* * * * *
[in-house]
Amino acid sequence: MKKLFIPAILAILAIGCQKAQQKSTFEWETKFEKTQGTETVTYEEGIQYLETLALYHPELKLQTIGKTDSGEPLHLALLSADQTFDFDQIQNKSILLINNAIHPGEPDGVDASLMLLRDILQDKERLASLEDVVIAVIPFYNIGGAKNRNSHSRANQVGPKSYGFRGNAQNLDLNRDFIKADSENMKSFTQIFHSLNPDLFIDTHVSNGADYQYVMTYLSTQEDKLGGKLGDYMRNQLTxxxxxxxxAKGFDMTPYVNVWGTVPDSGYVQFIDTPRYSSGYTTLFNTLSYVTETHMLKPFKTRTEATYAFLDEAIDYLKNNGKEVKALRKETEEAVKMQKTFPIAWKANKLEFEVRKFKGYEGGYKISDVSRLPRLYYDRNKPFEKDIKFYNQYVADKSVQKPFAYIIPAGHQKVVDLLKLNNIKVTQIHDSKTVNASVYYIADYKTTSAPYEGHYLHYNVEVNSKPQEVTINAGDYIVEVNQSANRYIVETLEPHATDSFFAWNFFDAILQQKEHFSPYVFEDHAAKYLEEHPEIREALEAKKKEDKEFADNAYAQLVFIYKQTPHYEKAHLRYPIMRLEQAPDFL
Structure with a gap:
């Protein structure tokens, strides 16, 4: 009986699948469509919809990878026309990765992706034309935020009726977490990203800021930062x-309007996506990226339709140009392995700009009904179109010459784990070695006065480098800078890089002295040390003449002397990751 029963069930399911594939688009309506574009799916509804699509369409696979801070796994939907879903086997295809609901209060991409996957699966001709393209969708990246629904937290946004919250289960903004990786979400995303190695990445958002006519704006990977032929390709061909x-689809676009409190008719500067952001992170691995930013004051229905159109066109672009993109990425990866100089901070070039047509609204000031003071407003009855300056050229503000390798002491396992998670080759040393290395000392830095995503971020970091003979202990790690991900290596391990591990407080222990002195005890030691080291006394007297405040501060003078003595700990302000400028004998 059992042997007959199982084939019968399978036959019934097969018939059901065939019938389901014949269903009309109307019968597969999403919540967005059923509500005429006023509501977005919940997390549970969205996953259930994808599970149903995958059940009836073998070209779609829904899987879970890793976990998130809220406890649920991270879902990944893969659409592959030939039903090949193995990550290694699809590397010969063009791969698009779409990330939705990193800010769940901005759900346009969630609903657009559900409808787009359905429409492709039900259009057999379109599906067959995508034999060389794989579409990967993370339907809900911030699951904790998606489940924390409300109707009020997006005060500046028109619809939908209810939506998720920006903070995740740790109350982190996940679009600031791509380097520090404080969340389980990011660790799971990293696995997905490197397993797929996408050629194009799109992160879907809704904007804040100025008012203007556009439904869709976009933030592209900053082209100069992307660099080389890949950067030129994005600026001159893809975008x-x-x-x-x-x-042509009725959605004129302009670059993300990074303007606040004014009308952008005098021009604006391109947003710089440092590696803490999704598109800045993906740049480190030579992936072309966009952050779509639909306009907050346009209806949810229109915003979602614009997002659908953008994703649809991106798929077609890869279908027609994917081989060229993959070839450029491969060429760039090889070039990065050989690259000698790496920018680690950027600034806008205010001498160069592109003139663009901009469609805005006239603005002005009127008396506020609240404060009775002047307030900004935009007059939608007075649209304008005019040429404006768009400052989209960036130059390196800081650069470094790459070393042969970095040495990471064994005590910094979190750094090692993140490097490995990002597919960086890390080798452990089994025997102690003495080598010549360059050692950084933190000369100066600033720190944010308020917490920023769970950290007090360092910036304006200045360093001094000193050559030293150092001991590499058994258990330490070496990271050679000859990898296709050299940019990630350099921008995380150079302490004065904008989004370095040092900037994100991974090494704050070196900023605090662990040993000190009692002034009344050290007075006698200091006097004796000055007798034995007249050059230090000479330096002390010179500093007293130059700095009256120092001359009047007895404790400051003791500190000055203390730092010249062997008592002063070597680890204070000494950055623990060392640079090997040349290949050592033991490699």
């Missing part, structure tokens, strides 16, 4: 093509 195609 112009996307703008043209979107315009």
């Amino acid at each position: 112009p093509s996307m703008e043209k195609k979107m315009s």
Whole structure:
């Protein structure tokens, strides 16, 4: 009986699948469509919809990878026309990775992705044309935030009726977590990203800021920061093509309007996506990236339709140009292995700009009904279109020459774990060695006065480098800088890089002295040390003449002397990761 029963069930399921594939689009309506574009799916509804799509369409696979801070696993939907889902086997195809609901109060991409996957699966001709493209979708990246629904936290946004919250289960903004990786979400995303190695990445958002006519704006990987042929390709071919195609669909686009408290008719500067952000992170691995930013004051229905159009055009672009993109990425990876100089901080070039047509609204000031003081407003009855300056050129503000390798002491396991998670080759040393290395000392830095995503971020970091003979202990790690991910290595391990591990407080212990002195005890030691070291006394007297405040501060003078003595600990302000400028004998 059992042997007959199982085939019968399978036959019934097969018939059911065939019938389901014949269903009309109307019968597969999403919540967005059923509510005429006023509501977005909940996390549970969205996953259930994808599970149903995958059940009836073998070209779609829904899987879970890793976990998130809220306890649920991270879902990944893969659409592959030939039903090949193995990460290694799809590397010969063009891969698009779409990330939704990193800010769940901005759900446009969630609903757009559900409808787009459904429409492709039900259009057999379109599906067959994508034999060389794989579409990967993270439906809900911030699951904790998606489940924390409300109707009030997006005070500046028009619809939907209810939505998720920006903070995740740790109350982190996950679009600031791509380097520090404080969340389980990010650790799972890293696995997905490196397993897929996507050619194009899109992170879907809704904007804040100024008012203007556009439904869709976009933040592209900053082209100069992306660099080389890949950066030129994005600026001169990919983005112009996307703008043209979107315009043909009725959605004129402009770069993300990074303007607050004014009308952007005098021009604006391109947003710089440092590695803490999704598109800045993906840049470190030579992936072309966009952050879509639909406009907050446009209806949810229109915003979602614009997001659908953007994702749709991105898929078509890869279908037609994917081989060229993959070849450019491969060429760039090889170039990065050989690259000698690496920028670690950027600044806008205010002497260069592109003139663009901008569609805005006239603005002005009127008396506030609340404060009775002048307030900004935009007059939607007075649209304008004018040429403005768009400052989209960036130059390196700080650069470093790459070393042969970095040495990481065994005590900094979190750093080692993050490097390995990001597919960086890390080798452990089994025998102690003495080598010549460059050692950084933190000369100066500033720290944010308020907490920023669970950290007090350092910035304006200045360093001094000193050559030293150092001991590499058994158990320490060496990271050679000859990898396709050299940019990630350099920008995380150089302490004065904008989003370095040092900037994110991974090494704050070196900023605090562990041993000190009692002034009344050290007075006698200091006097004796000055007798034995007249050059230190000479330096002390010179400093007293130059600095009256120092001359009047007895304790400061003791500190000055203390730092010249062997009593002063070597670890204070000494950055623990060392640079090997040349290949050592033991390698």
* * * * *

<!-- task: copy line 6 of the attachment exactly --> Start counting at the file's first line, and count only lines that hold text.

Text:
């Amino acid at each position: 112009p093509s996307m703008e043209k195609k979107m315009s």